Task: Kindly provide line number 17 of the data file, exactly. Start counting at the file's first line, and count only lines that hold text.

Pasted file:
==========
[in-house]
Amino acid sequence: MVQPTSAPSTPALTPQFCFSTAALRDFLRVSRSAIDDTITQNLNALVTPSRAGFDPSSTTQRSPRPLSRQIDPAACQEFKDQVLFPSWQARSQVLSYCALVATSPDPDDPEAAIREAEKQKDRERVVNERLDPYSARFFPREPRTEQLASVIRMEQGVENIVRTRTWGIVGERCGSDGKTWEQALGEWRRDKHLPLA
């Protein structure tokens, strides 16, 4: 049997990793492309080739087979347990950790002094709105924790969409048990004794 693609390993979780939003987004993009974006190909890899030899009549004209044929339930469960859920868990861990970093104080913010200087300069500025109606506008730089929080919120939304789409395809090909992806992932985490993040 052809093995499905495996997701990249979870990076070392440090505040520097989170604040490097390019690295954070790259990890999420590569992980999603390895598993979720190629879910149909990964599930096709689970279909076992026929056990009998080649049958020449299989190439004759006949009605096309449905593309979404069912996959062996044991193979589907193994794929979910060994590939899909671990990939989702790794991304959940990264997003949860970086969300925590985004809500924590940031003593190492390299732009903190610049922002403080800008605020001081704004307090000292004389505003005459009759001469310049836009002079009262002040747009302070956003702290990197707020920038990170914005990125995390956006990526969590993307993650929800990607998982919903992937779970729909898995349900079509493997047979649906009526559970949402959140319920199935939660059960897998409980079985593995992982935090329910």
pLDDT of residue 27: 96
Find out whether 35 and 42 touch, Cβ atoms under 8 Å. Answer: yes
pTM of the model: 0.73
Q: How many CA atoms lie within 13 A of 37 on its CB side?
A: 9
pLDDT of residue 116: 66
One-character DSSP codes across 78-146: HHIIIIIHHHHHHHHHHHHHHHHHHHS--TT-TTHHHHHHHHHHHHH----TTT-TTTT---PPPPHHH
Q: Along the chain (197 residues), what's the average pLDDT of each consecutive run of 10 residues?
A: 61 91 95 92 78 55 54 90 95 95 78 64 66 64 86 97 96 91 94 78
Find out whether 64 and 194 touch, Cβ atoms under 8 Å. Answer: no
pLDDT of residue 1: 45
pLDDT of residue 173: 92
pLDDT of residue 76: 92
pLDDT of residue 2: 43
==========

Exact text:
pLDDT of residue 2: 43